Not all teenage girls are hormonal, that is true. But a majority of them are. No offense meant, donna.

12/19/2011 #339
Amira Elizabeth

They all have things they don't get called on. Toph's sarcasm and rudeness is rarely called out, her scamming the money was viewed as a bad thing for a while, but even that was glossed over. Zuko repeatedly mocked, yelled, and verbally tore-down anything he didn't like or understood (episodes: The Avatar State, the Desert, Bitter Work, The Headband, etc.) He never lost that trait, which is why him mocking Aang in TSR is not out of character, but it is wholly unattractive (and honestly, made the later forgiveness scenes a bit hollow). And he rarely, if ever, gets called on it.

And I will answer more later. Bit of a time crunch at work right now.

12/19/2011 . Edited 12/19/2011 #340
TigerShadow

...I'm a teenage girl... we're not all like that... :/

Teenage fangirl. There's a difference. Fangirls know no logic and have frequent spaz attacks; as of late in this discussion, no one, you included, has acted that way.

12/19/2011 #341
Fullmetal Catalyst

Aang lied to them. They don't know if they can trust him anymore. Would you want to travel with someone you can't trust? If he was willing to decieve them about something that meant so much to them, what else could he have lied about, or would he have lied about in the future?

Katara initially hides the Waterbending scroll theft, which gets them attacked by pirates. In both her situation and Aang's, their insecurities lead them to bad mistakes. Both very quickly learn from their mistakes (within five minutes episode-time) and set about trying to rectify them.

Amira comments very well on this, and there's very little I can add to hers. They know quite well they can trust him. They're angry, but they forgive him extremely quickly. Would I want to travel with someone I couldn't trust? Probably not. Would I want to leave someone who made a mistake based on an insecurity that I was responsible for feeding? At first, probably. I'd be angry too, even though Sokka and Katara already stated they're sticking with Aang even after the messenger comes (wait, what?). But Sokka and Katara return to Aang (well, try to return) because they understand that they CAN trust him, that he's family, and that without his wolf pack (them) he feels the same pain that they feel constantly but amplified a hundredfold.

Not to mention that leaving the world's last hope unattended while he's being tailed by the most tenacious hunter in the world doesn't quite seem right no matter which way I look at it.

But no one so much as points out to him that he can't hide from it forever. He will have to learn it eventually, one way or another.

Others don't point it out to him? Perhaps there's a reason for that and perhaps there isn't, but in either case this is not under his control. He associates Firebending only with evil (and can we blame him, given what he's seen of it?) and the first time he thinks he can control it, he hurts and horribly frightens his closest friend. He needs to learn it, but just as with Earthbending, he needs to understand it and how it relates to his soul before he has any hope of doing more than light a candle. This is similar to the "We need a Firebending teacher" problem in WAT. Until a certain event has happened, Aang is not capable of approaching these problems and succeeding in it. This isn't running away from his problem. This is refusing to face a problem that he is not yet capable of facing.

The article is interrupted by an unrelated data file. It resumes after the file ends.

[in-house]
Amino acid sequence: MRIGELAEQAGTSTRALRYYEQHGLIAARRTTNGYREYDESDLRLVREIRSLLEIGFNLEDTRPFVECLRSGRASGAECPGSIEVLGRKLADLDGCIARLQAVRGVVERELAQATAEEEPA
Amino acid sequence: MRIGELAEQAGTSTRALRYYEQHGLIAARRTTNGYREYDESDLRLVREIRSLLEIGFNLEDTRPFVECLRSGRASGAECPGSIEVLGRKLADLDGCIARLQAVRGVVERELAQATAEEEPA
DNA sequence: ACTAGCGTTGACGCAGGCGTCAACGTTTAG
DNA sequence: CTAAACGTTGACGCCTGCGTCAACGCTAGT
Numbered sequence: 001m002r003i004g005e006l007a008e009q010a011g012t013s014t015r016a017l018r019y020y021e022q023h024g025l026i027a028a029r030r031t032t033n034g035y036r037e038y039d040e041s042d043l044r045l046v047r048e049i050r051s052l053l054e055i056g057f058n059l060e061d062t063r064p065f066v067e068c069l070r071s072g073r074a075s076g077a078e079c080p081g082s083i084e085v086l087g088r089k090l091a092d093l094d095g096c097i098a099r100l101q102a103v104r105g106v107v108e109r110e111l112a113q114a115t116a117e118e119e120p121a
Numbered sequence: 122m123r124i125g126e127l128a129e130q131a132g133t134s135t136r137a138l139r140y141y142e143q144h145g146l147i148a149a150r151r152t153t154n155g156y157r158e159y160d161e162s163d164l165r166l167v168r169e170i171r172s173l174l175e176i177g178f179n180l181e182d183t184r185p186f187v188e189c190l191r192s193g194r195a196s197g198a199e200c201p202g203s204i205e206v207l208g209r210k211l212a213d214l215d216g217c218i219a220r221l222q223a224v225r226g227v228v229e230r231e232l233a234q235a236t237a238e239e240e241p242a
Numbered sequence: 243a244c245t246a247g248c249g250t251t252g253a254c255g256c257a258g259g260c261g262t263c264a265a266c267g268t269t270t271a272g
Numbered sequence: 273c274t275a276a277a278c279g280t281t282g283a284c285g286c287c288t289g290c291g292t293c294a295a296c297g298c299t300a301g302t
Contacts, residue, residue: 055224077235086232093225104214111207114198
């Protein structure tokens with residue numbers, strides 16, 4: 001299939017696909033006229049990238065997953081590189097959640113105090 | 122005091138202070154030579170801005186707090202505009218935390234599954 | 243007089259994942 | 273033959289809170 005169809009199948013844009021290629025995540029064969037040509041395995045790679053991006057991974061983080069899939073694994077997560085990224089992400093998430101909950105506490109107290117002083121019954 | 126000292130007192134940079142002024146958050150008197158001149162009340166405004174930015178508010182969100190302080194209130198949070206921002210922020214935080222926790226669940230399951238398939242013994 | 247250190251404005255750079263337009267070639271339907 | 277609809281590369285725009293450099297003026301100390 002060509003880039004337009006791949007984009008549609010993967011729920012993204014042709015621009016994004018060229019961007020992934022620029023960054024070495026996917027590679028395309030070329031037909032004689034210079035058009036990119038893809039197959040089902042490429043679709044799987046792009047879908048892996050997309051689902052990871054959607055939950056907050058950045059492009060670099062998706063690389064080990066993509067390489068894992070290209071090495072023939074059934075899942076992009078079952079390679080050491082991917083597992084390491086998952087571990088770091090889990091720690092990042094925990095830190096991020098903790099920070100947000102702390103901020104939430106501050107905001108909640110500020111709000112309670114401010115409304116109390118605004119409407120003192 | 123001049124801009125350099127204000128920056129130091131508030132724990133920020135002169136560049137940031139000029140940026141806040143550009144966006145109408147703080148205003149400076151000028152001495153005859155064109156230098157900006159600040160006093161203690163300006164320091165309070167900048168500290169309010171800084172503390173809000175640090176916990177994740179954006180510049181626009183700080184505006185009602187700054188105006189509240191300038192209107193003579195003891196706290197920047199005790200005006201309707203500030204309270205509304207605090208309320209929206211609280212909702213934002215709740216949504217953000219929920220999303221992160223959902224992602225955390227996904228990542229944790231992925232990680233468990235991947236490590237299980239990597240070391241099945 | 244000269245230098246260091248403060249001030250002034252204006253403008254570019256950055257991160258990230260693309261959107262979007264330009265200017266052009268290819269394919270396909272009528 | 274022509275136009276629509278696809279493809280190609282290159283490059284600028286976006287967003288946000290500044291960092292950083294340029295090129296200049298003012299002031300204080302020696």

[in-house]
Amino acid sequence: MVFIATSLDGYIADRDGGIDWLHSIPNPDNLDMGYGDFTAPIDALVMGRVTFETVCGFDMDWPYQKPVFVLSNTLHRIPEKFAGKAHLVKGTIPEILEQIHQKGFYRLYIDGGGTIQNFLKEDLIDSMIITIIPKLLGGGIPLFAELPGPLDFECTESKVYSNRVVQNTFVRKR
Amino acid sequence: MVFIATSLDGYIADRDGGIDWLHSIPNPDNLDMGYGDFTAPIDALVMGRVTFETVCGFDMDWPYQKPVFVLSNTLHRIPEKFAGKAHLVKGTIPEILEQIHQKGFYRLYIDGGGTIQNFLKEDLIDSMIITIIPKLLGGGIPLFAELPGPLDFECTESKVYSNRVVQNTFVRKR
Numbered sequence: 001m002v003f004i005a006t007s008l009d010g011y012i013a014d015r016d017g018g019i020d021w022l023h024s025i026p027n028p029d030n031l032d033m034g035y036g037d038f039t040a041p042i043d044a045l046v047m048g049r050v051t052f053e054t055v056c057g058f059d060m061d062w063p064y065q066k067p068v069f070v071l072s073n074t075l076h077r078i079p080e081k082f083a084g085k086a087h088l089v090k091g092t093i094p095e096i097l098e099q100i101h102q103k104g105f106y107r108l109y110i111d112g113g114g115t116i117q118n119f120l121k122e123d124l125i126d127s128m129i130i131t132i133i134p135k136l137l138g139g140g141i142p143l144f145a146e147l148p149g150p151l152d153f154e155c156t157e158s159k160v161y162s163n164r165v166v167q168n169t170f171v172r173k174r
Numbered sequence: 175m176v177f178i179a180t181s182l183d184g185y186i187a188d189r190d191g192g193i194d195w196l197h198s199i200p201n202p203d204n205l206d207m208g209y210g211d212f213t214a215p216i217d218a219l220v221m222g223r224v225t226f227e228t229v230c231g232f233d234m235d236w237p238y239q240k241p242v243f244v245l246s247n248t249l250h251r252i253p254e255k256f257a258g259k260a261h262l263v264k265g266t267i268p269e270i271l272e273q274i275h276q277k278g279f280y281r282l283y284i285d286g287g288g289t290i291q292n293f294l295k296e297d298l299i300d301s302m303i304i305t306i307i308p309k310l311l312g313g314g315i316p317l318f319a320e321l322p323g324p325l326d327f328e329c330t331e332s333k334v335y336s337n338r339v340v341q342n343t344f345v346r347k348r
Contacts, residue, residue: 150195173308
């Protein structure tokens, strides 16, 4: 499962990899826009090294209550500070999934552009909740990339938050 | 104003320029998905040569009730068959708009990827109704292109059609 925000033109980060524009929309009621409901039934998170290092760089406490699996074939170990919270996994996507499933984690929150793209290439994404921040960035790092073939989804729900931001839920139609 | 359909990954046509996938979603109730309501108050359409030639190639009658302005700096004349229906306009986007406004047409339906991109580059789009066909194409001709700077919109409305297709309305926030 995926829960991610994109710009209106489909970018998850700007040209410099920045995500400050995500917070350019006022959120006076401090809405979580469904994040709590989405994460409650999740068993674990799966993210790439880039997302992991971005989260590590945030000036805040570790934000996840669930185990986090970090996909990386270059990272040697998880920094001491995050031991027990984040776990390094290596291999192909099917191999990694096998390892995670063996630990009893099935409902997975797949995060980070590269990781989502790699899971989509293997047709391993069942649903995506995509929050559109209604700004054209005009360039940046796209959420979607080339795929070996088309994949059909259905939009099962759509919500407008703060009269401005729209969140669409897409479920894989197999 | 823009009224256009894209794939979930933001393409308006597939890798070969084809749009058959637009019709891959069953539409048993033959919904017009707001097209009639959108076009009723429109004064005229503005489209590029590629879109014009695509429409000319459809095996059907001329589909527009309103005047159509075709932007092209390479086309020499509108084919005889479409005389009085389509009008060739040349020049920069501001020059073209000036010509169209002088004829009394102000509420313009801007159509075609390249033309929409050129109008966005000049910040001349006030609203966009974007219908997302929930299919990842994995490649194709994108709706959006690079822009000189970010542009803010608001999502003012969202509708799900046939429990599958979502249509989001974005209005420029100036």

You have a fair point about Bloodbending, though. It's not like Metalbending, which has very obvious uses and obvious aftereffects. Bloodbending is much more opaque in that respect.

Without throwing the near-mauling into the mix, Aang is going to have to talk to Toph eventually. His reason for not doing it is pretty selfish. And we don't know when Toph started "watching" what was going on. She may have already guessed that it's going to take strong need to motivate him enough to Earthbend. She knows Aang shouldn't get Sokka out of the hole - that's why she does it herself. So, yeah, there's plenty of reason to believe she would have helped. As much as Aang needs to figure out his mental block with Earthbending, she's not willing to risk Sokka getting injured to get him there.

I'm not sure I can argue this one further right now without seeing the episode. For the time being, I concede the point.

More Waterbending training would be a little pointless considering he has so much left to learn of Firebending and Earthbending before he'll feel ready to fight Ozai. And there's certain fighting strategies entailed in each type of bending. Dodging and using one's weight against him in Airbending, head-on approach in Earthbending, etc. Sokka could definitely enlighten him further, but he still has to get the basics of fighting.

This makes sense.

The war may have already been lost to them, but there are still numerous (I don't know if it's thousands or hundreds of thousands or what - Bryke didn't give us a population count so far as I know) lives at stake if Ozai uses the comet. Even if they don't know Ozai's exact plan, all they have to do is look at how it was used last time - Aang's entire race was exterminated. I'm a little surprised Aang isn't chomping at the bit to prevent the comet's power from being harnessed again, because like Roku said - it will be used again.

What Roku said was, "Fire Lord Ozai will use its power to finish the war once and for all. If he succeeds, even the Avatar won't be able to restore balance to the world. Aang, you must defeat the Fire Lord *before* the comet arrives." If Roku said Ozai would use its power to "destroy the Earth Kingdom", Aang's urgency would not abate with the loss of the war. But Roku is connecting the Comet and the war. Katara herself states, in Sozin's Comet Part 1, that there's no point in forcing the timetable because the war's already lost. When Roku said it would be used again, the status quo was very different. This is what Aang (and Katara, Sokka, Toph, and Suki) focus on.